A popular trend in the café business has come to Charlottetown, with the opening of the Island's first board game café.
The Small Print Board Game Café opened its doors on Grafton St. Friday, offering the usual beverages and snacks, but also there are 300 different board games customers can play.
"It's nerve-wracking but also exciting," said co-owner Jennifer Campbell of opening day. "We like to see the energy in the room so we're excited to see how it ramps up."
Board game cafés have become popular all over North America, as adult customers get to relive their youth, and younger players simply enjoy the atmosphere for their usual gaming.
"You come in, there's a $5 cover charge, it's just added to the end of your bill," explained the other co-owner, Julian Taylor. "You can order coffee, beer, snacks, and we have a game library of over 300 games."
If a game looks interesting, you don't even have to read the rules, that's what the staff, or "game gurus" are there for.
"A guru can help you select a game, teach you a game, and go through a couple of rounds," said Taylor. "Or if you know the game that you want, you can go right ahead."
The café features a new kitchen and bar, plus large, custom-made red oak tables, perfect to set up the board of choice.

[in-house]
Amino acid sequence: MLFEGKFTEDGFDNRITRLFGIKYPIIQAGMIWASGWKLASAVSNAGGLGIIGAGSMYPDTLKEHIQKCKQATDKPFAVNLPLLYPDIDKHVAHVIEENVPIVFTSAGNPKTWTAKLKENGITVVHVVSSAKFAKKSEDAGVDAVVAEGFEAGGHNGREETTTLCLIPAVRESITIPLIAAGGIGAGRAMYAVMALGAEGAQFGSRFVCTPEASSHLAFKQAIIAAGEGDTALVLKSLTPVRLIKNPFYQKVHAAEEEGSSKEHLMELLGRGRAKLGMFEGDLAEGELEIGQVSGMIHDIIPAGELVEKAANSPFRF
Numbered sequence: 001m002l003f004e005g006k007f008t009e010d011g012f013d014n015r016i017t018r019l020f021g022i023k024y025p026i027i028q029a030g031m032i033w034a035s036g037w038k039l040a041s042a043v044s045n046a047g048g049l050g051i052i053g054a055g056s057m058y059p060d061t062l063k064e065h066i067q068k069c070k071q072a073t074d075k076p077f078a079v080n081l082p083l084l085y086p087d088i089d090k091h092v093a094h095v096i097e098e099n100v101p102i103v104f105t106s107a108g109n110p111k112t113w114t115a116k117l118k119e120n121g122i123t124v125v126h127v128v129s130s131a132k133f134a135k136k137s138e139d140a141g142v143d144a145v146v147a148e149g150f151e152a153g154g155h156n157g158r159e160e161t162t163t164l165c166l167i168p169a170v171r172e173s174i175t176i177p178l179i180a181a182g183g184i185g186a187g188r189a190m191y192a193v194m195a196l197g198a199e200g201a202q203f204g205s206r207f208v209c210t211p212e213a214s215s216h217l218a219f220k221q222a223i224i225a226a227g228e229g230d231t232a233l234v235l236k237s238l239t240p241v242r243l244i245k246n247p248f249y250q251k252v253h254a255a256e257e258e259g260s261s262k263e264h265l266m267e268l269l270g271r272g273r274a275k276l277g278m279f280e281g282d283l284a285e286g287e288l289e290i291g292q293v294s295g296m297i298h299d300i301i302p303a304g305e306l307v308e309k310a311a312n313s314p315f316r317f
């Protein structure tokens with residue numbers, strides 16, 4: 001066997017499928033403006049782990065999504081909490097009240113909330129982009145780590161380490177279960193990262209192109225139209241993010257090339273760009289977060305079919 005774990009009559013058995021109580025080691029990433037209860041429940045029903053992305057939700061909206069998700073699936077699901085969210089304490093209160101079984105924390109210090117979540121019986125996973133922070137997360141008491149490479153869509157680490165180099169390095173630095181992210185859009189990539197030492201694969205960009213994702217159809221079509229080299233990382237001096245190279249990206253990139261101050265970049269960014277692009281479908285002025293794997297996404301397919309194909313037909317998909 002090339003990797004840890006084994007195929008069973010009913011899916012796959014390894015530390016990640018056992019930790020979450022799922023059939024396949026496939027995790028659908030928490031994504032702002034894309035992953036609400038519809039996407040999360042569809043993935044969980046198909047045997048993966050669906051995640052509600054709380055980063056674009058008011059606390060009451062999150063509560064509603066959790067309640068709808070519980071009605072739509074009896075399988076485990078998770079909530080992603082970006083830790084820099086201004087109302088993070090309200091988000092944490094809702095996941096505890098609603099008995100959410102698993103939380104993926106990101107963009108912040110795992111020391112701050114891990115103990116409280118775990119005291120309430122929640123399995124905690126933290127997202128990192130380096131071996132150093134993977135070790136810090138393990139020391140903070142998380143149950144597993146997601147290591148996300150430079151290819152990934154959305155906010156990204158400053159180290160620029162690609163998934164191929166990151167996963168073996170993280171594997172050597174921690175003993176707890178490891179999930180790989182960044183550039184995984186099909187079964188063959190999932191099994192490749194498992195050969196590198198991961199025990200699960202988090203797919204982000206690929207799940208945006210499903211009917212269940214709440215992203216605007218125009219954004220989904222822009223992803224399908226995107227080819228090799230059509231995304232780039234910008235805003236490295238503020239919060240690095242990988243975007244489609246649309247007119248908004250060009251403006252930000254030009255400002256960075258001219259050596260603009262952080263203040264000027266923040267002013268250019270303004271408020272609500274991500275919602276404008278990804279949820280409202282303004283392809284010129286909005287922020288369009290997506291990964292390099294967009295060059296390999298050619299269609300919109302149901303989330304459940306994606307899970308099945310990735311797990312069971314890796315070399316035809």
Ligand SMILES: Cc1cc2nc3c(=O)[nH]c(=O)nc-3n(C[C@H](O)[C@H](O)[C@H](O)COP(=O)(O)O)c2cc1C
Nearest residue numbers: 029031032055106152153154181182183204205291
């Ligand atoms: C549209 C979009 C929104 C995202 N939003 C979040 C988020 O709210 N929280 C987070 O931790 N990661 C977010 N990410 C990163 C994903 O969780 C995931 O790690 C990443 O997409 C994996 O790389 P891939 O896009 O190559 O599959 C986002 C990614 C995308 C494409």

Then you can settle in, and make yourself at home.
"People can stay and play for as long as they'd like, they can have candy bowls to popcorn to a latté or an espresso, or a beer," said Taylor.
All the current games are on hand, plus most of the old favourites from those summer nights at the camp ground.
"Something like (Settlers of) Catan might take an hour, maybe an hour and a half, but you've got something like Jenga, and that might last only 30 seconds, so you can play multiple games," said Taylor. "We've got Trivial Pursuit, we've got word games, so Scrabble, family games, and those classics, like Operation, Sorry, and Trouble. There's something for everybody."
The owners did a trial run of the space earlier, holding a soft opening over a couple of nights to work out the bugs, with an invited crowd.
"They were non-judgemental friends and family, and the bottom line was they had fun, so that's all we cared about, really, at the end," said Campbell.